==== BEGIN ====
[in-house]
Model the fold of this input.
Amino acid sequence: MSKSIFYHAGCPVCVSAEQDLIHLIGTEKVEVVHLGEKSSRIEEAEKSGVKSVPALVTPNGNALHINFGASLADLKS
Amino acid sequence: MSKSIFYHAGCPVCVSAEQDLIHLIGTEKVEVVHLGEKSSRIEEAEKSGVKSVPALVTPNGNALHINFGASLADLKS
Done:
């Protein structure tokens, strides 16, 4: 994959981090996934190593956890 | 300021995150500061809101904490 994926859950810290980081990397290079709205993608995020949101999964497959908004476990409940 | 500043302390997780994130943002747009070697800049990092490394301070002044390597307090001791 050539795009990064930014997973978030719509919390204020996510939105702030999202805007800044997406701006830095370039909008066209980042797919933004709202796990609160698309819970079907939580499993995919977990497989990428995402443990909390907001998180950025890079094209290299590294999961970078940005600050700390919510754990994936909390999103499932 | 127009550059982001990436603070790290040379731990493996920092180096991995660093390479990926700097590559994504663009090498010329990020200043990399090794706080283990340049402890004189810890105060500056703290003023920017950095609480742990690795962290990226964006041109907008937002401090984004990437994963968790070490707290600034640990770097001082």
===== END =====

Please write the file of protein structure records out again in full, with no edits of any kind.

[in-house]
Model the fold of this input.
Amino acid sequence: MSKSIFYHAGCPVCVSAEQDLIHLIGTEKVEVVHLGEKSSRIEEAEKSGVKSVPALVTPNGNALHINFGASLADLKS
Amino acid sequence: MSKSIFYHAGCPVCVSAEQDLIHLIGTEKVEVVHLGEKSSRIEEAEKSGVKSVPALVTPNGNALHINFGASLADLKS
Done:
């Protein structure tokens, strides 16, 4: 994959981090996934190593956890 | 300021995150500061809101904490 994926859950810290980081990397290079709205993608995020949101999964497959908004476990409940 | 500043302390997780994130943002747009070697800049990092490394301070002044390597307090001791 050539795009990064930014997973978030719509919390204020996510939105702030999202805007800044997406701006830095370039909008066209980042797919933004709202796990609160698309819970079907939580499993995919977990497989990428995402443990909390907001998180950025890079094209290299590294999961970078940005600050700390919510754990994936909390999103499932 | 127009550059982001990436603070790290040379731990493996920092180096991995660093390479990926700097590559994504663009090498010329990020200043990399090794706080283990340049402890004189810890105060500056703290003023920017950095609480742990690795962290990226964006041109907008937002401090984004990437994963968790070490707290600034640990770097001082």